“If anyone would come after me, let him deny himself and take up his cross and follow me. For whoever would save his life will lose it, but whoever loses his life for my sake and the gospel’s will save it.” – Mark 8:34-35 (ESV)
These words of Jesus are ones we often glance over in the Western American church and chalk up to metaphor or hyperbole. When Jesus said to “deny yourself” we assume it means something like, “be willing to sacrifice some things here and there along the way.” We read “take up your cross” and imagine something like wearing a cross shaped necklace to remind us of Jesus everyday.
But, when taken out of its context, both literary and historical, we completely miss the point of Jesus’ words. And when we miss the point of Jesus’ words here in Mark 8, we miss the whole point of Christian discipleship, and what it means to follow Christ.
Rebuking Peter just moments before (Mark 8:31-33), Jesus was trying to show his disciples (both the Twelve, and us) that following Christ means much more than sacrificing TV or video games. Following Jesus means more than just thinking about him everyday (though that’s not a bad place to start). Following Jesus comes at a far greater cost – one that requires discomfort, sacrifice, suffering, and yes, even death.
This past Sunday, I preached on these verses for our vision series to kick of 2014, in a sermon entitled, “Real Life – Living by Dying.” And the more I reflect on these verses, the more convicted I’ve become that if I am truly following Jesus, my life will show it. Not just by talking like a Christian, reading Christian books, or listening to Christian music. But by my life choices, my daily decisions, my checkbook, my relationships, my hopes and dreams for the future, my career path, my idea of success, my idea of failure, my core values, my passions and excitement, my whole lifestyle.
As a result, I’ve been praying and asking that God would continue to add to my joy in Christ and keep my heart devoted to him. I’ve been fighting for daily times in the Word and prayer, guarding those times with God like I guard date nights over Skype with my fiancee. And I’ve been turning to the shepherding and guidance of other pastors through books.
I’ve already posted my top reads from 2013, but as 2014 is underway, there are a number of books I look forward to reading to guide me in my pursuit of Christ with all my life. As a result, I’m going to try to make it a point to suggest at least one or two books each week after I preach for further study and growth. This week, those two books are Radical, by David Platt, and The Gospel According to Jesus, by John MacArthur.
In Radical, Platt uses the “hard sayings” of Jesus to challenge our American view of Christianity, and to Biblically discern what it truly means to follow Christ. Though I am not done with Platt’s book, I appreciate how he sharply challenges the “American Christian dream,” while not making me feel like I have to be or live just like him to truly follow Jesus.
Keeping the focus on the believer’s desire to love and live for Christ, Platt avoids falling into the legalistic, “holier than thou,” or Christian bashing tone many of these kind of books fall into. Radical – and all of Platt’s ministry, for that matter – reminds the believer to radically love Christ, and in turn be radically committed to living for the sake of the Gospel.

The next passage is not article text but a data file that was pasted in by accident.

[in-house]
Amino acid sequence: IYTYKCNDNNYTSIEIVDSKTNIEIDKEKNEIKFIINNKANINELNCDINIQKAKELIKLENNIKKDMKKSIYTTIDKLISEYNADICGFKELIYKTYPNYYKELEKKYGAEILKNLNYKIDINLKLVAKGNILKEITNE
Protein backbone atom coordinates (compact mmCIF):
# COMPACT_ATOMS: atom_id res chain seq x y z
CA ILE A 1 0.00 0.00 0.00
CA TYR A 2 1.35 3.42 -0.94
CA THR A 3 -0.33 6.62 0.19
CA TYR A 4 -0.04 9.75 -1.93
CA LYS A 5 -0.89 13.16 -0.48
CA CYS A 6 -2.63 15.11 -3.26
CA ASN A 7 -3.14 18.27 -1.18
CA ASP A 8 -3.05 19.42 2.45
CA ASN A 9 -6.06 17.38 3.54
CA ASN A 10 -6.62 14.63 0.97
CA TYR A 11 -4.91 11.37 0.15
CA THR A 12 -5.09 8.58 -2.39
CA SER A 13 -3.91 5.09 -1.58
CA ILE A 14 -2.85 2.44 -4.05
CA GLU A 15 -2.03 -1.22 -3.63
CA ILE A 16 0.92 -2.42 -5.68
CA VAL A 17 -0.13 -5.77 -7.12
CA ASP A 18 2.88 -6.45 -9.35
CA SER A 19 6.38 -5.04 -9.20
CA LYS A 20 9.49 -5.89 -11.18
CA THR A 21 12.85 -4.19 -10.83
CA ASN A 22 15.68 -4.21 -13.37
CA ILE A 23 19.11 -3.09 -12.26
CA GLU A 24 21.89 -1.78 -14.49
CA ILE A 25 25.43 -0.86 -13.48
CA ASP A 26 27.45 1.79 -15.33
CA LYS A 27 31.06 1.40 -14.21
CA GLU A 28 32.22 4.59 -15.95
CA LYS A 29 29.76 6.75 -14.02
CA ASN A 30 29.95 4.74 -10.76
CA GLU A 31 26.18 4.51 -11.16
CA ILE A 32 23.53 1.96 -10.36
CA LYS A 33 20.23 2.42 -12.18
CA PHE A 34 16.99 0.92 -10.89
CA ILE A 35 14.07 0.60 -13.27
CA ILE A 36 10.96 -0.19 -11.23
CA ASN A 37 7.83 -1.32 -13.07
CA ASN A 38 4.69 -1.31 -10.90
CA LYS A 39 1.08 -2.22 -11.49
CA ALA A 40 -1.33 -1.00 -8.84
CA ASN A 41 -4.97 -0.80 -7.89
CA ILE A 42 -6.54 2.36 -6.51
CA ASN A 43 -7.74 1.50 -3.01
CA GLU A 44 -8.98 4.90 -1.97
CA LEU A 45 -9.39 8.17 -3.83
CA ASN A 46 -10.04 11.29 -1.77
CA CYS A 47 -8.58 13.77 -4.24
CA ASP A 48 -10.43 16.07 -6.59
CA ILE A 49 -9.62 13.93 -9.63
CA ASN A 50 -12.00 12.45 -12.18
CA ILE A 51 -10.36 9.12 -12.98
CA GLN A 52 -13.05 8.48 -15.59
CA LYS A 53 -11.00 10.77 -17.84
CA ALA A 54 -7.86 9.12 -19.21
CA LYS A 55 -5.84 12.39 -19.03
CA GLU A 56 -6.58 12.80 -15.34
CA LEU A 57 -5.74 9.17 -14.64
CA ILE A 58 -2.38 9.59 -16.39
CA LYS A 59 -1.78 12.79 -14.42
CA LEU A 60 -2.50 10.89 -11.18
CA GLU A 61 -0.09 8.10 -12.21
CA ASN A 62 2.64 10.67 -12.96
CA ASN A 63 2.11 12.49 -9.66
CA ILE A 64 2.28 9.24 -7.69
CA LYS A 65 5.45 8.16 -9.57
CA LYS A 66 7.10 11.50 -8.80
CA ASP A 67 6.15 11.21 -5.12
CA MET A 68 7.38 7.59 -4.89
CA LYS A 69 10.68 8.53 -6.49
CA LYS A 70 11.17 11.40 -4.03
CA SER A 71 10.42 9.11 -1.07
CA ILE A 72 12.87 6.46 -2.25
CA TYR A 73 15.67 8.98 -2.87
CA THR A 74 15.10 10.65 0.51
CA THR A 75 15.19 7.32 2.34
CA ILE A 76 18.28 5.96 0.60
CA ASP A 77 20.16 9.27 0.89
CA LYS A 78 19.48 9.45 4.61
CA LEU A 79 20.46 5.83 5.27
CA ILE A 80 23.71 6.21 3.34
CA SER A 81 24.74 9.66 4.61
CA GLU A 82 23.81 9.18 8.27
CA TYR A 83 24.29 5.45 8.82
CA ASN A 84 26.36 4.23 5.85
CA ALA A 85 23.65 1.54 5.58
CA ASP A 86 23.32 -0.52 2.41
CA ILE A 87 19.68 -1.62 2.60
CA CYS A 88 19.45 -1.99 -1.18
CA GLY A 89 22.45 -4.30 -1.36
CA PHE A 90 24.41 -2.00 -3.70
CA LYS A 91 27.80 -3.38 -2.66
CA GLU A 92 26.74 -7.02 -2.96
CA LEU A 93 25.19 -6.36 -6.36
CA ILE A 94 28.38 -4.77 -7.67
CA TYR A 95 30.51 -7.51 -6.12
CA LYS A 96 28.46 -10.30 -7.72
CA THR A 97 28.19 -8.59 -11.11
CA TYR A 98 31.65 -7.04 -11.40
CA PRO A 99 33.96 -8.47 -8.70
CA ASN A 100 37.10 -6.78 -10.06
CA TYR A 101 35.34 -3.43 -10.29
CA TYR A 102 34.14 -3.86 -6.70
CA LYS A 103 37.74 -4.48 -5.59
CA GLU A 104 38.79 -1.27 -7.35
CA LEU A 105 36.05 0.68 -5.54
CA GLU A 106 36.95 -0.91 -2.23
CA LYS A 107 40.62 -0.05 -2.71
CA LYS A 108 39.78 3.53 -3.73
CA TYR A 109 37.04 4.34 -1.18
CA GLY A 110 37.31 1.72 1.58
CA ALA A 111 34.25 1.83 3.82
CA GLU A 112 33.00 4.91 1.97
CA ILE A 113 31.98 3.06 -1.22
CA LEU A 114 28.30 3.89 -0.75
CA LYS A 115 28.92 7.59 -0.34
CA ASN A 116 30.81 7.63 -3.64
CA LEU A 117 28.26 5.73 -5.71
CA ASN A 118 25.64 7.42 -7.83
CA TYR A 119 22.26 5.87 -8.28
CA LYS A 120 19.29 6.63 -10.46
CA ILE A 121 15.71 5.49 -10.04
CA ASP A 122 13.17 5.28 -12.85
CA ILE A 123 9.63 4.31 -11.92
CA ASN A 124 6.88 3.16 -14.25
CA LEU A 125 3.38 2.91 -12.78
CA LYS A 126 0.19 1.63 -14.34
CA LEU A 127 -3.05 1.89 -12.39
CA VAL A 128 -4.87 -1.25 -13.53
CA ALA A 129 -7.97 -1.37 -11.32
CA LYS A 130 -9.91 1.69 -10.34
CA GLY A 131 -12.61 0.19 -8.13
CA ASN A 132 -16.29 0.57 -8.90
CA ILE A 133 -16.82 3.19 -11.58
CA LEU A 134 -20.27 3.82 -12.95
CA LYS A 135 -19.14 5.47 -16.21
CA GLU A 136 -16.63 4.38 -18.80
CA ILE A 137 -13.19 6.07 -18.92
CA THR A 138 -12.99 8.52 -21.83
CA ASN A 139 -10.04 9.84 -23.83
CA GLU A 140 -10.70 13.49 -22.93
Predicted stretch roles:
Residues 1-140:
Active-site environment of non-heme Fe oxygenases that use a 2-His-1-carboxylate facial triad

The Gospel According to Jesus is a little more “oldschool” in that MacArthur’s fundamental tone comes out in his writing, as it often does in his preaching. And though I tend to disassociate myself with MacArthur (especially in his recent years, due to certain things he’s said and ways he’s distanced himself from other “tribes” in Christianity), I’ve still benefitted greatly from his ministry. This book is one example of that.
I read this book while I was serving amongst the unreached Muslim groups in East Asia for 6 months in 2007, and MacArthur reminded me how important it was to proclaim a Gospel that is not safe, but one that is true – and can truly save. In a time of Christianity when the Gospel message has been largely reduced to “Jesus loves you,” The Gospel According to Jesus is convicting and refreshing, and will remind you of the sweet news of the Gospel that once called you not just to come and be loved, but to come and die.
If being obedient to Mark 8:34 is something you desire, and you need more guidance in the “how-to’s”, I recommend reading these books with me. After I finish Radical, I intend to go through The Gospel According to Jesus again. And while these books are not the secret key to unlock a Christ-centered life, “Radical” faith, or bold evangelism, they are intended to help renew our passion for Christ and the Gospel.
In a world where Satan is daily seeking to strip us of our joy in and love for Christ (1 Peter 5:8-9), I am grateful for men who have “resisted” and experienced life before us, and who – through books – now encourage and exhort us to continue to fight the good fight of faith.
“Not that I have already obtained this or am already perfect, but I press on to make it my own, because Christ Jesus has made me his own. …Brothers, join in imitating me, and keep your eyes on those who walk according to the example you have in us.” – Philippians 3:12,17